Blockchain used by Boeing to Sell and Track $1 Billion in Aviation Parts

Christopher Zenios11/03/20203min
Boeing is now collaborating with Multinational Aerospace Conglomerate Honeywell in order to access its GoDirect platform to track and sell airplane parts worth over $1 billion using blockchain technology.

The partnership between the two was revealed in Arizona at the Hyperledger Global Forum 2020. The general manager of Honeywell, Lisa Butters stated that the part has now been uploaded onto the GoDirect Trade marketplace.

Before the partnership, the aviation industry has traditionally relied on paper certificates for each individual part recording information such as their original manufacturer and current safety standards.

The documents would have to be physically moved from location to location which has prevented the market for aviation parts progressing to an online system. Currently, GoDirect Trade has the goal of opening up the aviation part market to digital commerce with Butters estimating that only 3% of the $14 billion market takes place online.

The market for aviation parts is a big industry as part s are usually re-sold four times before being decommissioned. Due to the nature of reselling using a distributed ledger could be able to certify the authenticity of relevant documentation.

Honeywell’s GoDirect platform is based on a customised version of Hyperledger Fabric’s open-source code, the technology was launched two years ago. Butters stated that in the first year $7 million in sales was facilitated by GoDirect with experts predicting that this could triple by the end of the year. Currently, there are roughly 6,500 registered GoDirect users for 2,400 companies.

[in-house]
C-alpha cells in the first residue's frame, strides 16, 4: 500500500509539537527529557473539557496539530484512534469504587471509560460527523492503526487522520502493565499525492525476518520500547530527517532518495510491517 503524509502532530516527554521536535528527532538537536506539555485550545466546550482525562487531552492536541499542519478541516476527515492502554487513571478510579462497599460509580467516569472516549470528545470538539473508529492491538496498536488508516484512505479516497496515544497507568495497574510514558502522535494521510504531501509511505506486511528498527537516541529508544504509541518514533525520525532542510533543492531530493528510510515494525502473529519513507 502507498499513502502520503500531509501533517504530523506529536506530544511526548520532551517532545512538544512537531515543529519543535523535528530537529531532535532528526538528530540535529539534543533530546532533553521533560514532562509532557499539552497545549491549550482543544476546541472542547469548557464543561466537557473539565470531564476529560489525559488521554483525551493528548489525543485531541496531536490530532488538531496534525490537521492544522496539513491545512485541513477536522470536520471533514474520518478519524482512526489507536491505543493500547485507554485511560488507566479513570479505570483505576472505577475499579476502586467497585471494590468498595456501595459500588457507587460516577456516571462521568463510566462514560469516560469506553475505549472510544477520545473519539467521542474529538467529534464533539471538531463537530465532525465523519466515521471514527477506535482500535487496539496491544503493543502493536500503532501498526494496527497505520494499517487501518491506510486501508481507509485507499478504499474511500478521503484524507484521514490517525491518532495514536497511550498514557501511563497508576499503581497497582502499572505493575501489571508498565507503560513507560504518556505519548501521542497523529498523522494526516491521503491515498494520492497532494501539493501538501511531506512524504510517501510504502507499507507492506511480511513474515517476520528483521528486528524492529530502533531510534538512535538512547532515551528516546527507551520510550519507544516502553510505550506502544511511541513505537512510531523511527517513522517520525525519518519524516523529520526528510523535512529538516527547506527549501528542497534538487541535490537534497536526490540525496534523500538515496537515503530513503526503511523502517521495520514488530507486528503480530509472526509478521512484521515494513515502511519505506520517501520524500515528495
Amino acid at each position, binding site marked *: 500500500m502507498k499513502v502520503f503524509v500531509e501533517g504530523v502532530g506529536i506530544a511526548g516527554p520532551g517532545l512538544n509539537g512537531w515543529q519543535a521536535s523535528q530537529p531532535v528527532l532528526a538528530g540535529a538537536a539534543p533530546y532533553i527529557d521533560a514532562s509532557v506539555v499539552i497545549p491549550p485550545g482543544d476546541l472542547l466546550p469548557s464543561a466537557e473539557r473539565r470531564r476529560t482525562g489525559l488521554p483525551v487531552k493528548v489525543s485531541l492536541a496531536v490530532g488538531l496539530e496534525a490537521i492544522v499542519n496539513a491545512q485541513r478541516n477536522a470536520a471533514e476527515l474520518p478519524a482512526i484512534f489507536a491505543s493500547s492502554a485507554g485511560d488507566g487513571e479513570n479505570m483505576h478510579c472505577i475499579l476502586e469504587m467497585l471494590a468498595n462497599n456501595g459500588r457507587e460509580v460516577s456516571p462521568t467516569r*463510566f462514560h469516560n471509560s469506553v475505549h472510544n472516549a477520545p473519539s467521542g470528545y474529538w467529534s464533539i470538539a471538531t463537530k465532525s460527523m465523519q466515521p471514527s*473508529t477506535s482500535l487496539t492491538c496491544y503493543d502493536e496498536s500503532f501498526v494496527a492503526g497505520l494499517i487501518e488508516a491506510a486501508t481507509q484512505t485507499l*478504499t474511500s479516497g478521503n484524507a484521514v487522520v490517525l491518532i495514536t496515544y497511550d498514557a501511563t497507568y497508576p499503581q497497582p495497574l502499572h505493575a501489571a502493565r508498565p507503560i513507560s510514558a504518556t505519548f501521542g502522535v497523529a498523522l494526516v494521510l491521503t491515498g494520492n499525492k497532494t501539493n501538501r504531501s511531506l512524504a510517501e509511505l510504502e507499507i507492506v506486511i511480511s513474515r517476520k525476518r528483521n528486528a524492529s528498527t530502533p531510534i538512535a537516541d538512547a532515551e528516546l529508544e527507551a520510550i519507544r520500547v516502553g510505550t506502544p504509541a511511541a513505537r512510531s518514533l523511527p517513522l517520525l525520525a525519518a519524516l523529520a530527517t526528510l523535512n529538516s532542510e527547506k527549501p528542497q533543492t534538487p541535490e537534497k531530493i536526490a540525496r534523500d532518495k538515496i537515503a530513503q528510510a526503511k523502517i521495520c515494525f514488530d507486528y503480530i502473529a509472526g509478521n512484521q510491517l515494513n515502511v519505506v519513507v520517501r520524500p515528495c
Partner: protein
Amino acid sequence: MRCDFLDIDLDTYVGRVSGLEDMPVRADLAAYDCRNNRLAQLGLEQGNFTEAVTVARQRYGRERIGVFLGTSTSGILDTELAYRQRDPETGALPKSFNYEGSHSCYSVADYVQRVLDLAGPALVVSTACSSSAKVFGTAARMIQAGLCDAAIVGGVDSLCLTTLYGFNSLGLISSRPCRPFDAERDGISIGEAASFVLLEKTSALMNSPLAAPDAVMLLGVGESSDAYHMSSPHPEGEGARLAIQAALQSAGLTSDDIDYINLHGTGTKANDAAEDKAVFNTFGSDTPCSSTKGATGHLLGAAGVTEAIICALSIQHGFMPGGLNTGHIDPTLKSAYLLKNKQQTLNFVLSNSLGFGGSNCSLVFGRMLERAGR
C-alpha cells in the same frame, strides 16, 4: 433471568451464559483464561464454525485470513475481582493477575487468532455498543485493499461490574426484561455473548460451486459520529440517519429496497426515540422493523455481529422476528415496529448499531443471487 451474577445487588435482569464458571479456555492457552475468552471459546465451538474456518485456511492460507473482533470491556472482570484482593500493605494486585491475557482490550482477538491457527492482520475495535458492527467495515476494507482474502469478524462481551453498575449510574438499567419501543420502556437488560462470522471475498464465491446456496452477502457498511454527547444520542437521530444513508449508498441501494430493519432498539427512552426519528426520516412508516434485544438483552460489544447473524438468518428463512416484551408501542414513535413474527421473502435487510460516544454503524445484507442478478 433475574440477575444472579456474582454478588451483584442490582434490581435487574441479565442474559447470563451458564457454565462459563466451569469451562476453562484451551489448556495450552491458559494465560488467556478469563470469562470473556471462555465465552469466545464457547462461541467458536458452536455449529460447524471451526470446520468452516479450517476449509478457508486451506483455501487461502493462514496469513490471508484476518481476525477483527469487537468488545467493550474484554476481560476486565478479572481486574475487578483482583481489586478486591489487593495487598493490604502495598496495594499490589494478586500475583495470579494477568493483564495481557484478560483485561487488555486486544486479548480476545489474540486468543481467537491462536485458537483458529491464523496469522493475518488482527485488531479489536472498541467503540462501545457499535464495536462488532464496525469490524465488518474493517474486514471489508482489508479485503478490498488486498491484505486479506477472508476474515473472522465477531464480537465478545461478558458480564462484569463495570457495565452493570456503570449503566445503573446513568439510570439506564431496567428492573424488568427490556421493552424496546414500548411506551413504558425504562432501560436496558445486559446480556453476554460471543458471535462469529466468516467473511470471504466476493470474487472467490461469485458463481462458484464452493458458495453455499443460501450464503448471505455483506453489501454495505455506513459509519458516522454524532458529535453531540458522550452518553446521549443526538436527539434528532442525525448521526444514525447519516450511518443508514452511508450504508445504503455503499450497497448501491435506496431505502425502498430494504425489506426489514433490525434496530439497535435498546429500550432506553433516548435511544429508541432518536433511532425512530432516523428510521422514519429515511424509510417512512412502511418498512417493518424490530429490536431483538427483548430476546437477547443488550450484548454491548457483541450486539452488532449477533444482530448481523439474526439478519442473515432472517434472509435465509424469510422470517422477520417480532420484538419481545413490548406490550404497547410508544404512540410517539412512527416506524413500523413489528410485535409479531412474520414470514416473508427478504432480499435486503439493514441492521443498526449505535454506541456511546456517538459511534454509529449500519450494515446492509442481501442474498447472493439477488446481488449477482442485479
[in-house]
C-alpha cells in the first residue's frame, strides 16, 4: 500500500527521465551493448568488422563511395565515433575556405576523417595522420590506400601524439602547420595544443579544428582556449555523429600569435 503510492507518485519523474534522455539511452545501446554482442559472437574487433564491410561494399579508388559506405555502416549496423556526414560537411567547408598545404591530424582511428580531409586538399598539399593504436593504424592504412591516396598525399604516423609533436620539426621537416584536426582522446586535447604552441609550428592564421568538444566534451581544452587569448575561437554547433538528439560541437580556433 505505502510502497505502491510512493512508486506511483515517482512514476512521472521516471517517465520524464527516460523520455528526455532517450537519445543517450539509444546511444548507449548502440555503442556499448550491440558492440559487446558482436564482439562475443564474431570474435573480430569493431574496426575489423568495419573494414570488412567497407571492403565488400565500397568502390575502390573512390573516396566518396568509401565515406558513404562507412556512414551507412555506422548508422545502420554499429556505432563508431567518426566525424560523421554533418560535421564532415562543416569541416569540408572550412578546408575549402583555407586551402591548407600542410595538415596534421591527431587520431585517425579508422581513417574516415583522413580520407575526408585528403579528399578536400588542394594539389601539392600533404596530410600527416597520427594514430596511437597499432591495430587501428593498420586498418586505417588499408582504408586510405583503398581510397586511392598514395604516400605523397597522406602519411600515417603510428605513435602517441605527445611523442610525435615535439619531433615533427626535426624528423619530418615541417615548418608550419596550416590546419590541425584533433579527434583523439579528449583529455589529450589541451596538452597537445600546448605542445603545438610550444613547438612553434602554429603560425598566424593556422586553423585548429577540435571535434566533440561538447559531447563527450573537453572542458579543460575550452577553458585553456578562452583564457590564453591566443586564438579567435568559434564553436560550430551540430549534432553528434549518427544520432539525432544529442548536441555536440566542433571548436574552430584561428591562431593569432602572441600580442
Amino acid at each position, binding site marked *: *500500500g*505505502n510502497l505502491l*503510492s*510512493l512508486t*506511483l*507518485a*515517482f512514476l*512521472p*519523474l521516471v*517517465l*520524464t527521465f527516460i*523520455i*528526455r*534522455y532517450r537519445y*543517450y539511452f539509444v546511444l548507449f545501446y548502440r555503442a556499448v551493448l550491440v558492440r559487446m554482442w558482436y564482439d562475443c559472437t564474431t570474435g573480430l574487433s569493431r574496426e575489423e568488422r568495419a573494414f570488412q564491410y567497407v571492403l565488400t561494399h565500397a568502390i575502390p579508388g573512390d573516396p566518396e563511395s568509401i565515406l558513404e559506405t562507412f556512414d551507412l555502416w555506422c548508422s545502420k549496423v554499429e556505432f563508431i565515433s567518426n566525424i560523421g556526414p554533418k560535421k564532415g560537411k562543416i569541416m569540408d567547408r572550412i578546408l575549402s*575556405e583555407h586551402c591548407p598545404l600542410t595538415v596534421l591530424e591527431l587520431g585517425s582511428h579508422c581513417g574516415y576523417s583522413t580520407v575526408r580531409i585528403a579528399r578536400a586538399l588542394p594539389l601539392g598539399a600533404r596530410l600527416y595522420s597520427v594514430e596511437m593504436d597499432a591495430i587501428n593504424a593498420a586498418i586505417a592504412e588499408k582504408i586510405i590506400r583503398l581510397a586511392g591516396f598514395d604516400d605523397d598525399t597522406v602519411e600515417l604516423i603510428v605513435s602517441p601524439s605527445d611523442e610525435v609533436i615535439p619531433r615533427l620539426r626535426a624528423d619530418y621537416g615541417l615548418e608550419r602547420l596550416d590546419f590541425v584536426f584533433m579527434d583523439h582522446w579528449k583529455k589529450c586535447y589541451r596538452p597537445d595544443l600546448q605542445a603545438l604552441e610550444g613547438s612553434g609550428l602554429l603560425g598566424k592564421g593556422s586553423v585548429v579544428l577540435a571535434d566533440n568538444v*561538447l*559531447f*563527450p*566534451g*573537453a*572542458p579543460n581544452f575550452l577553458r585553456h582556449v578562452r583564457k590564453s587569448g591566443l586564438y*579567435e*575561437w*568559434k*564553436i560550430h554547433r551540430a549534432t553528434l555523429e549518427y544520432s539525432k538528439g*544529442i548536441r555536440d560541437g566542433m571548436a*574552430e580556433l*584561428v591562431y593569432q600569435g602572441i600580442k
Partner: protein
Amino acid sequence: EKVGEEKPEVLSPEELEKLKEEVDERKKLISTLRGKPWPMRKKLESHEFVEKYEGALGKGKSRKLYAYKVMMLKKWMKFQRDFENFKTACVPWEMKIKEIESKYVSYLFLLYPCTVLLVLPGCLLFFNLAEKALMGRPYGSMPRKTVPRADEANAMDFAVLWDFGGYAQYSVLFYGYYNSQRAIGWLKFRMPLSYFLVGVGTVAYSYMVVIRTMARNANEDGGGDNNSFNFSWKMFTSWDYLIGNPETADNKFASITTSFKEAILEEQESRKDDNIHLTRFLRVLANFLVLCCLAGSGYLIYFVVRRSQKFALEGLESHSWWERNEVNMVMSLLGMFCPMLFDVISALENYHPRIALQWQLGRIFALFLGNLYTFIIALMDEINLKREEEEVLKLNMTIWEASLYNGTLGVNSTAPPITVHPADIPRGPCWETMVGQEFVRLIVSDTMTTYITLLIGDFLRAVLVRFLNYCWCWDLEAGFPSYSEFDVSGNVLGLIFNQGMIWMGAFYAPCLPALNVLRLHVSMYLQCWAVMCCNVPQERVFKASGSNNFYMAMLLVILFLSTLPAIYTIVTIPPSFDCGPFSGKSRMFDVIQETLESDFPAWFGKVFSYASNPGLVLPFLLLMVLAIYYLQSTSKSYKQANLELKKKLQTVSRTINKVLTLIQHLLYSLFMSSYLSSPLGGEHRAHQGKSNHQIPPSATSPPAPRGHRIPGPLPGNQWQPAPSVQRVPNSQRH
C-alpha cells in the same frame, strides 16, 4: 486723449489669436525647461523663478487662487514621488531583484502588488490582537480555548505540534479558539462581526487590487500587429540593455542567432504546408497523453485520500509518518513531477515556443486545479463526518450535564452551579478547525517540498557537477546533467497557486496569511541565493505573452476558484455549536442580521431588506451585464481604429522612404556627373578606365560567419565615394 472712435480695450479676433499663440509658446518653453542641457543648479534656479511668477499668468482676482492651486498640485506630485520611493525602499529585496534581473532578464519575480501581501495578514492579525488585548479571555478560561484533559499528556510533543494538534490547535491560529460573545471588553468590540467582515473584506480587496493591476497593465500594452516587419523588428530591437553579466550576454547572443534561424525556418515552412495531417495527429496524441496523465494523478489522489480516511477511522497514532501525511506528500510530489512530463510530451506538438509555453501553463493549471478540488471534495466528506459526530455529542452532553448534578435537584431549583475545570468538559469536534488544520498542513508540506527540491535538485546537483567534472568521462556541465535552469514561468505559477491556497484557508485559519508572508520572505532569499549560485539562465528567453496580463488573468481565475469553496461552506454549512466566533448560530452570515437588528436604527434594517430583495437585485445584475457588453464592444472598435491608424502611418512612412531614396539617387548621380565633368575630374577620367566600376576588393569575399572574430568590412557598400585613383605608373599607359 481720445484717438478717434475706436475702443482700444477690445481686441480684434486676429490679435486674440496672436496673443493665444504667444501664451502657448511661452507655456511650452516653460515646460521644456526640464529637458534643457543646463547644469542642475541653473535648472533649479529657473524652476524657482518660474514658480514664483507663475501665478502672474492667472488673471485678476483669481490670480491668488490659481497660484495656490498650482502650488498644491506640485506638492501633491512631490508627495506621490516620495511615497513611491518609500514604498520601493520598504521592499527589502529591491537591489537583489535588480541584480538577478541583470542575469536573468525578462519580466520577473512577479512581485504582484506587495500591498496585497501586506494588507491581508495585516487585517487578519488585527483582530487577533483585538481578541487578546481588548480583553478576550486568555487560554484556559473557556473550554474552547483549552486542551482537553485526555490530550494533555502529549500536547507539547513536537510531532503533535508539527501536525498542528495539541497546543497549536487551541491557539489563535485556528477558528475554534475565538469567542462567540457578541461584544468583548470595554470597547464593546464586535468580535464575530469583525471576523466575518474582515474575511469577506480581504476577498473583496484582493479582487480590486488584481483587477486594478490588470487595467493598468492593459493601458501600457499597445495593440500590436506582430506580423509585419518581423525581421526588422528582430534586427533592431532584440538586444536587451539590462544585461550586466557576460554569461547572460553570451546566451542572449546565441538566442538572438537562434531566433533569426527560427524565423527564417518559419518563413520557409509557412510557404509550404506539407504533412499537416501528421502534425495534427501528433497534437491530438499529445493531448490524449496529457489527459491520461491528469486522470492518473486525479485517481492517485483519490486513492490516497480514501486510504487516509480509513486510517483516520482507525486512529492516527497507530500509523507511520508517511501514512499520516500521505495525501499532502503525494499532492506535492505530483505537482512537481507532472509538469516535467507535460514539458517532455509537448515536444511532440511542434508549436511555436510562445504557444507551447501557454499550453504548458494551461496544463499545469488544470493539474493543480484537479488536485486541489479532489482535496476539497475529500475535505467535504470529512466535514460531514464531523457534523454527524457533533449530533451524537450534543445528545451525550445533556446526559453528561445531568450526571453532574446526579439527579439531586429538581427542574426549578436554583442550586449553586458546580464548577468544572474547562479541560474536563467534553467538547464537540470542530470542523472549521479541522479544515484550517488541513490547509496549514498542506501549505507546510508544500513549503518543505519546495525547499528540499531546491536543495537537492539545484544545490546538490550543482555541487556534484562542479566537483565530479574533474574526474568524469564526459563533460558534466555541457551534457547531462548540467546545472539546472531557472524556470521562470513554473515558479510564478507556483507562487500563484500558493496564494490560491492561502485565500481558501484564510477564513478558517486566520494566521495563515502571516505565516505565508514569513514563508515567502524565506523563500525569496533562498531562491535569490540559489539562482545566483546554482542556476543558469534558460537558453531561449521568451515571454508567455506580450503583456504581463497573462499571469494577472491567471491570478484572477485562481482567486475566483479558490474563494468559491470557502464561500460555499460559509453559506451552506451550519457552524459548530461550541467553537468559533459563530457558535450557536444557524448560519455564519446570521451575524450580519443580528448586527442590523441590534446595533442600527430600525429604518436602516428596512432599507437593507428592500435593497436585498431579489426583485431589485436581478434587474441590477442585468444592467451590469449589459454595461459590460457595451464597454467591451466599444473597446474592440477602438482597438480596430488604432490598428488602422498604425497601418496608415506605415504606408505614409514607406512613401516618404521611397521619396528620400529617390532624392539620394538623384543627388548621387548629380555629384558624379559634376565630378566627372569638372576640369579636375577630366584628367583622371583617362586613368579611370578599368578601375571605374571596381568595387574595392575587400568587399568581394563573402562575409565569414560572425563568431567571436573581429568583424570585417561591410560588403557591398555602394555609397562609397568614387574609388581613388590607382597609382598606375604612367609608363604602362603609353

Lisa Butters addressed criticism of permission ledgers such as HyperLedger Fabric stating:

GoDirect Trade runs on Hyperledger Fabric. If anyone argues about the fact that this is a permission-based network that is supposed to be decentralized then they are killing the dream of enterprise blockchain before it starts. There is no way you will get Fortune 500 companies participating in blockchain networks and sharing data if there are not permissioned around that. You need some constraints for enterprises to operate in.


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Christopher Zenios

Christopher has always been a pioneer, a first adopter when it comes to technological advancements. Over the years, his expertise surrounded the real estate and digital markets and their evolution in today's society. After being the editor to various professional business news portals and blogs, he was selected to become the chief editor for HWC. Contact Christopher at +357-22029786 ext: 6110 or by email at [email protected] for editorial related questions.

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